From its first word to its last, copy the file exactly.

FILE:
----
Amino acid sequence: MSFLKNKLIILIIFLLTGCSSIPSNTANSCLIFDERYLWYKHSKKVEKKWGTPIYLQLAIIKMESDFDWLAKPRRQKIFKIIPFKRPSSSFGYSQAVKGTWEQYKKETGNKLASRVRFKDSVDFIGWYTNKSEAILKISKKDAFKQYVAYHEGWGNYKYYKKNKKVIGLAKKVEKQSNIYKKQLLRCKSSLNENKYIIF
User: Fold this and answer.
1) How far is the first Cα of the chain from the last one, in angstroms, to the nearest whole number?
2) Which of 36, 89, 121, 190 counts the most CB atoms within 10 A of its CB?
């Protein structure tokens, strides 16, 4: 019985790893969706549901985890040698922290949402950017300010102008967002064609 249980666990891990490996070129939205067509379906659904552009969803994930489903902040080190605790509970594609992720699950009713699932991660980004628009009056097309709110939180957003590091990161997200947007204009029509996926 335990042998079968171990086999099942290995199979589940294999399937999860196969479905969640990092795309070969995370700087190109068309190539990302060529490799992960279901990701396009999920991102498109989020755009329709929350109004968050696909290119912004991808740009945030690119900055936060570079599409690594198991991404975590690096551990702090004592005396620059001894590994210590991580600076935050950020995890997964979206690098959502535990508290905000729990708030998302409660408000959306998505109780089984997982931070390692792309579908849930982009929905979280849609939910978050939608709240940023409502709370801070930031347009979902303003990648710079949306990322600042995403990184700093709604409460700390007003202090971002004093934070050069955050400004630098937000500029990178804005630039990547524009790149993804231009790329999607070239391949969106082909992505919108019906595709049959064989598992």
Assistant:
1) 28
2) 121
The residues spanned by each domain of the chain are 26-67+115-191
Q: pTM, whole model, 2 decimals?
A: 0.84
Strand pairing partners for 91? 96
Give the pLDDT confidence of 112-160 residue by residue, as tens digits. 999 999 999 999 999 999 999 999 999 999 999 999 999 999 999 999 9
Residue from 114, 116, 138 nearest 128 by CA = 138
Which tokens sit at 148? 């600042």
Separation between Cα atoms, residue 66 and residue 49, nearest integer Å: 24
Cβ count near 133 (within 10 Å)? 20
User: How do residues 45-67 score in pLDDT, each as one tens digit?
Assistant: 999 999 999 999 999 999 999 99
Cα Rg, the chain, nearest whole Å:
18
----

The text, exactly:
Amino acid sequence: MSFLKNKLIILIIFLLTGCSSIPSNTANSCLIFDERYLWYKHSKKVEKKWGTPIYLQLAIIKMESDFDWLAKPRRQKIFKIIPFKRPSSSFGYSQAVKGTWEQYKKETGNKLASRVRFKDSVDFIGWYTNKSEAILKISKKDAFKQYVAYHEGWGNYKYYKKNKKVIGLAKKVEKQSNIYKKQLLRCKSSLNENKYIIF
User: Fold this and answer.
1) How far is the first Cα of the chain from the last one, in angstroms, to the nearest whole number?
2) Which of 36, 89, 121, 190 counts the most CB atoms within 10 A of its CB?
């Protein structure tokens, strides 16, 4: 019985790893969706549901985890040698922290949402950017300010102008967002064609 249980666990891990490996070129939205067509379906659904552009969803994930489903902040080190605790509970594609992720699950009713699932991660980004628009009056097309709110939180957003590091990161997200947007204009029509996926 335990042998079968171990086999099942290995199979589940294999399937999860196969479905969640990092795309070969995370700087190109068309190539990302060529490799992960279901990701396009999920991102498109989020755009329709929350109004968050696909290119912004991808740009945030690119900055936060570079599409690594198991991404975590690096551990702090004592005396620059001894590994210590991580600076935050950020995890997964979206690098959502535990508290905000729990708030998302409660408000959306998505109780089984997982931070390692792309579908849930982009929905979280849609939910978050939608709240940023409502709370801070930031347009979902303003990648710079949306990322600042995403990184700093709604409460700390007003202090971002004093934070050069955050400004630098937000500029990178804005630039990547524009790149993804231009790329999607070239391949969106082909992505919108019906595709049959064989598992």
Assistant:
1) 28
2) 121
The residues spanned by each domain of the chain are 26-67+115-191
Q: pTM, whole model, 2 decimals?
A: 0.84
Strand pairing partners for 91? 96
Give the pLDDT confidence of 112-160 residue by residue, as tens digits. 999 999 999 999 999 999 999 999 999 999 999 999 999 999 999 999 9
Residue from 114, 116, 138 nearest 128 by CA = 138
Which tokens sit at 148? 């600042």
Separation between Cα atoms, residue 66 and residue 49, nearest integer Å: 24
Cβ count near 133 (within 10 Å)? 20
User: How do residues 45-67 score in pLDDT, each as one tens digit?
Assistant: 999 999 999 999 999 999 999 99
Cα Rg, the chain, nearest whole Å:
18